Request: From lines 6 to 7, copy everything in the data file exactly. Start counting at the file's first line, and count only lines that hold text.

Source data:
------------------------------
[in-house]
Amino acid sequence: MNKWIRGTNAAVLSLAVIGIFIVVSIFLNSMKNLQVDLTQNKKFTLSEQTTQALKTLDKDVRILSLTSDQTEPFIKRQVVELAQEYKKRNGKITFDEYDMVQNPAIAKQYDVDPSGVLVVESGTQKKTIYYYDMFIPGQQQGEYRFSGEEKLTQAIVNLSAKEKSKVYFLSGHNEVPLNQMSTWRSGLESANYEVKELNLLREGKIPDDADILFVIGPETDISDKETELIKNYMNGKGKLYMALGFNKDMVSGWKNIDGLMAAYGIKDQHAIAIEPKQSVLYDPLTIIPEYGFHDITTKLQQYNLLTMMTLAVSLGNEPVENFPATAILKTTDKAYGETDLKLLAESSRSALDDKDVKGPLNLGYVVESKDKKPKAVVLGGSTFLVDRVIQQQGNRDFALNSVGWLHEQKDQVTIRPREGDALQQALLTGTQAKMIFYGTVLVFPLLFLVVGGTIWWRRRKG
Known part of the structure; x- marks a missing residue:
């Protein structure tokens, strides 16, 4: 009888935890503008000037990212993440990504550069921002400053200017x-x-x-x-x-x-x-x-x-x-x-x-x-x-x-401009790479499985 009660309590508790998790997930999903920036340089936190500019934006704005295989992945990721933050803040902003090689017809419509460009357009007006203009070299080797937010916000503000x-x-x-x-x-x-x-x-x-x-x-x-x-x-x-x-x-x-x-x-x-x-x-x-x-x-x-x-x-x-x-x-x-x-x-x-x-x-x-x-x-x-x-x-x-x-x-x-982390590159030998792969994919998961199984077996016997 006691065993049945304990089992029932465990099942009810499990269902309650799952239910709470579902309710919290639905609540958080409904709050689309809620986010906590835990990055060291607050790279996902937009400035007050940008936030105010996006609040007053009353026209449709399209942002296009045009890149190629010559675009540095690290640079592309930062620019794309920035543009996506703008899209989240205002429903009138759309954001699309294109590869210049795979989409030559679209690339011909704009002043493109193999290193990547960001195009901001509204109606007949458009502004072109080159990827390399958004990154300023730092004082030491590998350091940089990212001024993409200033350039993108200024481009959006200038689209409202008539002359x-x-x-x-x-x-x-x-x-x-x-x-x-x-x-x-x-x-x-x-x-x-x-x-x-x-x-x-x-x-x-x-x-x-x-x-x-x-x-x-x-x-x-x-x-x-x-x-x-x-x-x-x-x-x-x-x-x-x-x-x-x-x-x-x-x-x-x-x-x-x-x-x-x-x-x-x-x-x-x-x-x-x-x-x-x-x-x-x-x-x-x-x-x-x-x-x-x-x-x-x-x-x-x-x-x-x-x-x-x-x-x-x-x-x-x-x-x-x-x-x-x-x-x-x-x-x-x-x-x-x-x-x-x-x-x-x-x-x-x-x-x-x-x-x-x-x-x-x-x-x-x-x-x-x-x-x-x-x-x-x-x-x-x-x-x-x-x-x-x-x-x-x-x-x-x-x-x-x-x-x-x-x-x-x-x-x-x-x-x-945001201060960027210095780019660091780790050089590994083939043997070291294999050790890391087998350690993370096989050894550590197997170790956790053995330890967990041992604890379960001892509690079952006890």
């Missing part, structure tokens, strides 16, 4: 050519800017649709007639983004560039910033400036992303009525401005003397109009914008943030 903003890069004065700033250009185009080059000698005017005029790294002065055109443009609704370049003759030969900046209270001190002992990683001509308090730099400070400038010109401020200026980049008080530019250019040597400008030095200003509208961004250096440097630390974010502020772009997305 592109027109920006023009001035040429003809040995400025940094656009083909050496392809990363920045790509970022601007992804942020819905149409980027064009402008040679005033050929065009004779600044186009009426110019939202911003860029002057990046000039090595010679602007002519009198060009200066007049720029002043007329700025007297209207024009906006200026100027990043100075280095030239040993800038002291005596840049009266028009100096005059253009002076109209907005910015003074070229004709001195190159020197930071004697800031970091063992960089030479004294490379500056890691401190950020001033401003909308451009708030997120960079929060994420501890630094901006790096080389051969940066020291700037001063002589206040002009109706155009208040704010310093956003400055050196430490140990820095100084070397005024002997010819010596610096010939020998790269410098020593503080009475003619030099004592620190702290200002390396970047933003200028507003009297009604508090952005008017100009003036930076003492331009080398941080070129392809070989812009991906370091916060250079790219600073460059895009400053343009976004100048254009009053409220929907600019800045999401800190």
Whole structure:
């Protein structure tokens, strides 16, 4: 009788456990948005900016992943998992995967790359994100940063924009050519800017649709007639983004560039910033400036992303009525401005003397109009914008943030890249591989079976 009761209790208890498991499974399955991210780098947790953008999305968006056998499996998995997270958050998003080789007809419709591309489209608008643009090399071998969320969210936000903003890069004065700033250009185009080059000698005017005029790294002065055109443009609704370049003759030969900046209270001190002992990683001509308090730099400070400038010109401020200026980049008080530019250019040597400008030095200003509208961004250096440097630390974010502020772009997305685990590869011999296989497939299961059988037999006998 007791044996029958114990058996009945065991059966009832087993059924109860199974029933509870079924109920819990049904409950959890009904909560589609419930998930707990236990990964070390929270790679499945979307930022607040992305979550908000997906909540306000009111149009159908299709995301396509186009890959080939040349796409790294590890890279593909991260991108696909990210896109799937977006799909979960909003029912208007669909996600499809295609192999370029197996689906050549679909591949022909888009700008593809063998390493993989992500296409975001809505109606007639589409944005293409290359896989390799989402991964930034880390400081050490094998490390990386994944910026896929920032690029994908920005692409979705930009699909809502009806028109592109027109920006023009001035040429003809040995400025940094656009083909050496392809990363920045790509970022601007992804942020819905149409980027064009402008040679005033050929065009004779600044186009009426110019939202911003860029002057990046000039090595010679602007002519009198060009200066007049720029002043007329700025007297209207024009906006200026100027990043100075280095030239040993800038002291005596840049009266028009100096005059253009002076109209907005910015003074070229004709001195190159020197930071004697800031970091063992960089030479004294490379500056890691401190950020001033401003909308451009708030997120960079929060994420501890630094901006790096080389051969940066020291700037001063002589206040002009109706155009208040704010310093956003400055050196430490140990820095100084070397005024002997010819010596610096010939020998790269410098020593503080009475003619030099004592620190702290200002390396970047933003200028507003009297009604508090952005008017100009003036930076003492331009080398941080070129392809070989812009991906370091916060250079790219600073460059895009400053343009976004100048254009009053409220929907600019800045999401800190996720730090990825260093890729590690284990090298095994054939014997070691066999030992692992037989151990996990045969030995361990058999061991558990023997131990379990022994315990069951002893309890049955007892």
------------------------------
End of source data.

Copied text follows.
Whole structure:
């Protein structure tokens, strides 16, 4: 009788456990948005900016992943998992995967790359994100940063924009050519800017649709007639983004560039910033400036992303009525401005003397109009914008943030890249591989079976 009761209790208890498991499974399955991210780098947790953008999305968006056998499996998995997270958050998003080789007809419709591309489209608008643009090399071998969320969210936000903003890069004065700033250009185009080059000698005017005029790294002065055109443009609704370049003759030969900046209270001190002992990683001509308090730099400070400038010109401020200026980049008080530019250019040597400008030095200003509208961004250096440097630390974010502020772009997305685990590869011999296989497939299961059988037999006998 007791044996029958114990058996009945065991059966009832087993059924109860199974029933509870079924109920819990049904409950959890009904909560589609419930998930707990236990990964070390929270790679499945979307930022607040992305979550908000997906909540306000009111149009159908299709995301396509186009890959080939040349796409790294590890890279593909991260991108696909990210896109799937977006799909979960909003029912208007669909996600499809295609192999370029197996689906050549679909591949022909888009700008593809063998390493993989992500296409975001809505109606007639589409944005293409290359896989390799989402991964930034880390400081050490094998490390990386994944910026896929920032690029994908920005692409979705930009699909809502009806028109592109027109920006023009001035040429003809040995400025940094656009083909050496392809990363920045790509970022601007992804942020819905149409980027064009402008040679005033050929065009004779600044186009009426110019939202911003860029002057990046000039090595010679602007002519009198060009200066007049720029002043007329700025007297209207024009906006200026100027990043100075280095030239040993800038002291005596840049009266028009100096005059253009002076109209907005910015003074070229004709001195190159020197930071004697800031970091063992960089030479004294490379500056890691401190950020001033401003909308451009708030997120960079929060994420501890630094901006790096080389051969940066020291700037001063002589206040002009109706155009208040704010310093956003400055050196430490140990820095100084070397005024002997010819010596610096010939020998790269410098020593503080009475003619030099004592620190702290200002390396970047933003200028507003009297009604508090952005008017100009003036930076003492331009080398941080070129392809070989812009991906370091916060250079790219600073460059895009400053343009976004100048254009009053409220929907600019800045999401800190996720730090990825260093890729590690284990090298095994054939014997070691066999030992692992037989151990996990045969030995361990058999061991558990023997131990379990022994315990069951002893309890049955007892």